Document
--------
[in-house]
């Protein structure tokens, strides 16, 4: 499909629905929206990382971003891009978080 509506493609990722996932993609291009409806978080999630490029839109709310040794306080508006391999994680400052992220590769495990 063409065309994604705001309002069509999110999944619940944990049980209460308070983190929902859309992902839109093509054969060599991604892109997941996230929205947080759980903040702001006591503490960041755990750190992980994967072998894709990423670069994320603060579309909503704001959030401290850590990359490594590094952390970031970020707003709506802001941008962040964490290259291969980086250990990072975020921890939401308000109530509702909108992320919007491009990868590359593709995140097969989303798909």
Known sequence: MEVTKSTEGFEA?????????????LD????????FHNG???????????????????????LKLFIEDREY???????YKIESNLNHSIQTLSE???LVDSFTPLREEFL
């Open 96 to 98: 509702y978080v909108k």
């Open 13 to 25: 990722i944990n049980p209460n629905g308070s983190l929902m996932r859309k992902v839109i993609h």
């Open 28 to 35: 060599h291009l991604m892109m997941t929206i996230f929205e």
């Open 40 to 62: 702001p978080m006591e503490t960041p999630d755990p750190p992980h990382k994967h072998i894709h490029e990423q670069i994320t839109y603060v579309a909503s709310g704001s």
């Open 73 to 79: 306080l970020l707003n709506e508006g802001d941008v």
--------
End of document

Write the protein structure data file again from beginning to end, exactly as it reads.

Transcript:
[in-house]
């Protein structure tokens, strides 16, 4: 499909629905929206990382971003891009978080 509506493609990722996932993609291009409806978080999630490029839109709310040794306080508006391999994680400052992220590769495990 063409065309994604705001309002069509999110999944619940944990049980209460308070983190929902859309992902839109093509054969060599991604892109997941996230929205947080759980903040702001006591503490960041755990750190992980994967072998894709990423670069994320603060579309909503704001959030401290850590990359490594590094952390970031970020707003709506802001941008962040964490290259291969980086250990990072975020921890939401308000109530509702909108992320919007491009990868590359593709995140097969989303798909």
Known sequence: MEVTKSTEGFEA?????????????LD????????FHNG???????????????????????LKLFIEDREY???????YKIESNLNHSIQTLSE???LVDSFTPLREEFL
């Open 96 to 98: 509702y978080v909108k």
């Open 13 to 25: 990722i944990n049980p209460n629905g308070s983190l929902m996932r859309k992902v839109i993609h």
């Open 28 to 35: 060599h291009l991604m892109m997941t929206i996230f929205e």
């Open 40 to 62: 702001p978080m006591e503490t960041p999630d755990p750190p992980h990382k994967h072998i894709h490029e990423q670069i994320t839109y603060v579309a909503s709310g704001s």
């Open 73 to 79: 306080l970020l707003n709506e508006g802001d941008v």